To overcome what Deputy Assistant Secretary of Defense for African Affairs Theresa Whelan told the American Forces Press Service was a “Band-Aid approach,” PSI transitioned into the Trans-Sahara Counterterrorism Initiative (TSCTI). Inaugurated in 2005 with support from the Department of Defense's Operation Enduring Freedom-Trans Sahara (OEF-TS), TSCTI added Algeria, Nigeria, Morocco, Senegal, and Tunisia to the original four PSI countries. Unlike other, earlier Africa-focused programs like the Global Peace Operations Initiative (GPOI) and the African Contingency Operations Training and Assistance Program (ACOTA), which generally privileged non-lethal peacekeeping capacities, the new program aimed to provide training – including everything from marksmanship skills and first aid techniques to operational planning and communications – for a rapid reaction unit for each partner country. Personnel from all four branches of the U.S. Armed Forces have been involved in training their counterparts, including Army Special Forces, Air Force commandos, Navy intelligence, and Marines units. In addition to the Department of Defense, the new initiative also integrated contributions from the State Department and the U.S. Agency for International Development (USAID).

TSCTI sponsored a June 2005 exercise dubbed Flintlock '05, whose goal was to help participating nations to plan and execute command, control and communications systems in support of future combined humanitarian, peacekeeping and disaster relief operations. According to the then-deputy commander of SOCEUR, the training was “to ensure all nations continue developing their partnerships,” while further enhancing “their capabilities to halt the flow of illicit weapons, goods and human trafficking in the region; and prevent terrorists from establishing sanctuary in remote areas.” Funding for TSCTI has increased steadily from $16 million in 2005 to $30 million in 2006, with ambitions for up to $100 million a year until 2011. Last year's Quadrennial Defense Review Report already noted the early successes of the program's efforts to use military and civilian engagements to help “regional states develop the internal security forces and procedures necessary for policing their national territories,” citing the example how the small team of combat aviation advisors that helped Niger's Air Force hone its skills to prevent the under-developed eastern part of the country from becoming a terrorist safe haven.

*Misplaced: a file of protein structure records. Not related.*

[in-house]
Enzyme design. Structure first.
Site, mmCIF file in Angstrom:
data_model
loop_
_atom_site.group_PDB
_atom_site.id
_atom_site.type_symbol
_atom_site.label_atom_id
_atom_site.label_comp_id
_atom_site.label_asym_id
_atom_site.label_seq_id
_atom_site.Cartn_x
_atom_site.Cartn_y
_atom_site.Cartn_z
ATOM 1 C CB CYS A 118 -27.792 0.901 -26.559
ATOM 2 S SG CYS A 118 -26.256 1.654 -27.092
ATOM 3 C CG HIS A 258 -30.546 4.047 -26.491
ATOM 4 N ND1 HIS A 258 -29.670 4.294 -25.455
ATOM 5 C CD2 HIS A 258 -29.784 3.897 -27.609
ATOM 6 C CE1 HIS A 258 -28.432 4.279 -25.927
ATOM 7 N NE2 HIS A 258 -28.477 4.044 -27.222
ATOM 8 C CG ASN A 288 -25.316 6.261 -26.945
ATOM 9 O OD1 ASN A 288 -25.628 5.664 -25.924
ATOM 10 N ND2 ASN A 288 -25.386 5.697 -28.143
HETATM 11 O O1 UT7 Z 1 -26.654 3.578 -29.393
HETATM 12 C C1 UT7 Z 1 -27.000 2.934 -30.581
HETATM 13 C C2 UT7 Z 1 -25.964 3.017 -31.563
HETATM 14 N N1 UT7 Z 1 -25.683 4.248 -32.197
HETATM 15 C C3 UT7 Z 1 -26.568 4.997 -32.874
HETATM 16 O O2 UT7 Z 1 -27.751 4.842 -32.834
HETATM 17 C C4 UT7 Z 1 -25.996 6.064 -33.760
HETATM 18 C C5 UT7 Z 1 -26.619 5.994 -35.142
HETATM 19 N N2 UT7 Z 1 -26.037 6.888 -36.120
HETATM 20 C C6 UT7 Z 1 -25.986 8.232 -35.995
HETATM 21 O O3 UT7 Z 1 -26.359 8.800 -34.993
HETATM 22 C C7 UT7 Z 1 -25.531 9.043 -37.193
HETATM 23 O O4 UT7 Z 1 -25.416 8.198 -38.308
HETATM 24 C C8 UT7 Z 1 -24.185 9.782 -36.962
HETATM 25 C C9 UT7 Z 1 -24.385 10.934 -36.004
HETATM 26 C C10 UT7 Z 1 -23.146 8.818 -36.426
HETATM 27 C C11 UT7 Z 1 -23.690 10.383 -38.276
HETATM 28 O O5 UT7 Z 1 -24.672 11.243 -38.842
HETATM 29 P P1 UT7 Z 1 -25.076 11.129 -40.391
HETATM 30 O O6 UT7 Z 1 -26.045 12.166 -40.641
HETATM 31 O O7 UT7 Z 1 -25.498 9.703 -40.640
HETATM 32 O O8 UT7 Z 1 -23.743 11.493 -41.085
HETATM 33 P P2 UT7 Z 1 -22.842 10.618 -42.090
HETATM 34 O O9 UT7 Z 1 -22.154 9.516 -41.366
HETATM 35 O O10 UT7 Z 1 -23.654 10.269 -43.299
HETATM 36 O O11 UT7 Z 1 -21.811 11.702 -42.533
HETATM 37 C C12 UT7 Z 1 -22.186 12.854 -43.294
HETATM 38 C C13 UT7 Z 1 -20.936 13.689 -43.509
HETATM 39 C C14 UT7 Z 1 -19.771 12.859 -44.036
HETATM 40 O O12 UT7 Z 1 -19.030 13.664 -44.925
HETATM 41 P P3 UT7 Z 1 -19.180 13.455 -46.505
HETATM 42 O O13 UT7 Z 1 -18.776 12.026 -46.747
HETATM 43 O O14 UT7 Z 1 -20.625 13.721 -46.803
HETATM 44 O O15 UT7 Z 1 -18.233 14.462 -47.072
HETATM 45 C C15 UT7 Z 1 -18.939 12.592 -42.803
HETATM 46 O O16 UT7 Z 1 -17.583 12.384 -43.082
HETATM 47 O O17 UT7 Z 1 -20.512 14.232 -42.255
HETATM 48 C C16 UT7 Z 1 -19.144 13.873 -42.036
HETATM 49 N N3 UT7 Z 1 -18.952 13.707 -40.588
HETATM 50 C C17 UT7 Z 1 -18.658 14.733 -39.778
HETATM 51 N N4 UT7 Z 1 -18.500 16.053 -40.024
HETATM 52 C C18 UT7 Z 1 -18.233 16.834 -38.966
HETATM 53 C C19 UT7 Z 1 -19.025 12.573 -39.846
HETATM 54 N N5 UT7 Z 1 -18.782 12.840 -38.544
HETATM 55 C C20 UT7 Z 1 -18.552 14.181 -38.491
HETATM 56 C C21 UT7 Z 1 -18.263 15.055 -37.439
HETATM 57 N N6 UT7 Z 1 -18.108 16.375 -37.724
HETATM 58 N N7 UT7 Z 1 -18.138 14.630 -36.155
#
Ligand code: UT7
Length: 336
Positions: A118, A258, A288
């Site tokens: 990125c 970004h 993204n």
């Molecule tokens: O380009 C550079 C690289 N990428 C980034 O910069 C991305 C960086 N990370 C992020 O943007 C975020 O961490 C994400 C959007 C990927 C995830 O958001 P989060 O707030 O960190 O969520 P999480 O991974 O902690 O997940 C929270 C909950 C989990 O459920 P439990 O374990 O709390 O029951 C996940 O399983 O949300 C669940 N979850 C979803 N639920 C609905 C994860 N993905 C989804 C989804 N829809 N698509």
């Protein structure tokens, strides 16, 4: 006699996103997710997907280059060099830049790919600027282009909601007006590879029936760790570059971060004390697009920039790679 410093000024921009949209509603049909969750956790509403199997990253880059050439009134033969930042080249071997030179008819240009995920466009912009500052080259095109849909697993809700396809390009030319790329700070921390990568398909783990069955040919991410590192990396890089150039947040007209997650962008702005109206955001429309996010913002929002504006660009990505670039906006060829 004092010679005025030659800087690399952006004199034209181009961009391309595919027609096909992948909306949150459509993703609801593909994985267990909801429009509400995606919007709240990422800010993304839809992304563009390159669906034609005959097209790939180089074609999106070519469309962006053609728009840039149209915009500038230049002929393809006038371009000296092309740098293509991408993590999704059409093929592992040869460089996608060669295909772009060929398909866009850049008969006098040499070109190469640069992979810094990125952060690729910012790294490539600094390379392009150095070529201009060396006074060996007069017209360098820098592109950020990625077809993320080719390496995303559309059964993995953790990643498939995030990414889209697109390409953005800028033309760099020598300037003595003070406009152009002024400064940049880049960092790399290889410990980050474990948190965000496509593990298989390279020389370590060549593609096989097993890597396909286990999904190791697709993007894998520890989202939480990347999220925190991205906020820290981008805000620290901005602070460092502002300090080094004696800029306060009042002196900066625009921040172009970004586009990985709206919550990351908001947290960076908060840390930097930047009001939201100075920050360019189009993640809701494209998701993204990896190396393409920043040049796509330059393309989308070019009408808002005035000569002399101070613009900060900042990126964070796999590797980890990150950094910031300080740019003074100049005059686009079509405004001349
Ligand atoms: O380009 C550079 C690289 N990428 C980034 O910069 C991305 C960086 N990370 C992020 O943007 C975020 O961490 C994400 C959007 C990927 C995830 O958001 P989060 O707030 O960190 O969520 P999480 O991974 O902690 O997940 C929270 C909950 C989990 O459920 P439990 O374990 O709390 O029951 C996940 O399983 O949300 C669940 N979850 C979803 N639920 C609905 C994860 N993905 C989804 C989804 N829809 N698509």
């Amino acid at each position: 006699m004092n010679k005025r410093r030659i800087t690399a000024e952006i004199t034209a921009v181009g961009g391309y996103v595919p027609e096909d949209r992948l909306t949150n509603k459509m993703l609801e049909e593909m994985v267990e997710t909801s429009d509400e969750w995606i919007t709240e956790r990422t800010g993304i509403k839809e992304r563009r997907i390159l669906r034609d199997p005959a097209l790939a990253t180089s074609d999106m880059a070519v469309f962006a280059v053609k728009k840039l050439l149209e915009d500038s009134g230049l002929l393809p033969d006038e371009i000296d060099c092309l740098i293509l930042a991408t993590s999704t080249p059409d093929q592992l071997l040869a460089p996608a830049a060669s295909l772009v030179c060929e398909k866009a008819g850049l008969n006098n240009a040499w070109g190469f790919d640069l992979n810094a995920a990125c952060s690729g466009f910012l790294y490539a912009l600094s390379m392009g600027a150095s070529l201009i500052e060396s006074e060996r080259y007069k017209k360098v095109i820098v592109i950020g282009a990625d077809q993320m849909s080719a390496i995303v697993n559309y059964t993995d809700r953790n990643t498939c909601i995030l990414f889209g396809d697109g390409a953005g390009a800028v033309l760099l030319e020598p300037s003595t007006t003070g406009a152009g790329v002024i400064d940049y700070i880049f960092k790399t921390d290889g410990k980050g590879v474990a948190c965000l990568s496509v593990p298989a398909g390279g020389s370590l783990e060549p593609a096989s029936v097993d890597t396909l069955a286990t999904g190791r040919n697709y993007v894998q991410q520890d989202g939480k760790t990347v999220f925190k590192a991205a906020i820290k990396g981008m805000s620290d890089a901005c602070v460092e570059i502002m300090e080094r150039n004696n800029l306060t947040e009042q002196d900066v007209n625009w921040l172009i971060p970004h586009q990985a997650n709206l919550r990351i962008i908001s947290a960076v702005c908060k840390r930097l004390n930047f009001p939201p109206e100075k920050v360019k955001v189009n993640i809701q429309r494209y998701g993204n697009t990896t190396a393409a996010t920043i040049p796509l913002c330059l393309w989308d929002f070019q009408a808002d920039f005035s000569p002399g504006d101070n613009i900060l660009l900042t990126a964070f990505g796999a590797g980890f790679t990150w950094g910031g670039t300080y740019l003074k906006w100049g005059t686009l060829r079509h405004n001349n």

Flintlock 2007, which began in late August, is a command post exercise (CPX), taking place primarily on computers in a Bamako conference facility. Participating along with U.S. personnel were officers from the TSCTI partner countries – Algeria, Burkina Faso, Chad, Mali, Mauritania, Morocco, Niger, Nigeria, Senegal, and Tunisia – as well as France, Great Britain, and the Netherlands. The primary objective of the simulations run in the CPX was to strengthen the capacity of the participants to plan and execute collaborative command, control, and communications systems in support of potential future humanitarian relief, peacekeeping, as well as counterterrorism operations. Given the arbitrary nature of borders and the weak organic bases for many African states (see my discussion on these issues earlier this year) – to say nothing of the notoriously unforgiving geophysical and meteorological conditions in the Sahel – these joint operations are absolutely essential.

The strategic effect sought by TSCTI directly addresses what the 2003 National Strategy for Combating Terrorism called the “4D strategy”: defeat terrorist organizations; deny sponsorship, support, and sanctuary to terrorists, diminish the underlying conditions that terrorists seek to exploit; and defend the United States, its citizens, and its interests, not just at home but in all theatres abroad. Thus, in addition to the military-focused efforts, the Sahel countries have also received American assistance through State Department programs – especially the Anti-Terrorism Assistance (ATA) program and the Terrorist Interdiction Program (TIP) – as well as other U.S. government agencies, including USAID and the Department of the Treasury, making the subregion one of the few with a high level of inter-agency functionality.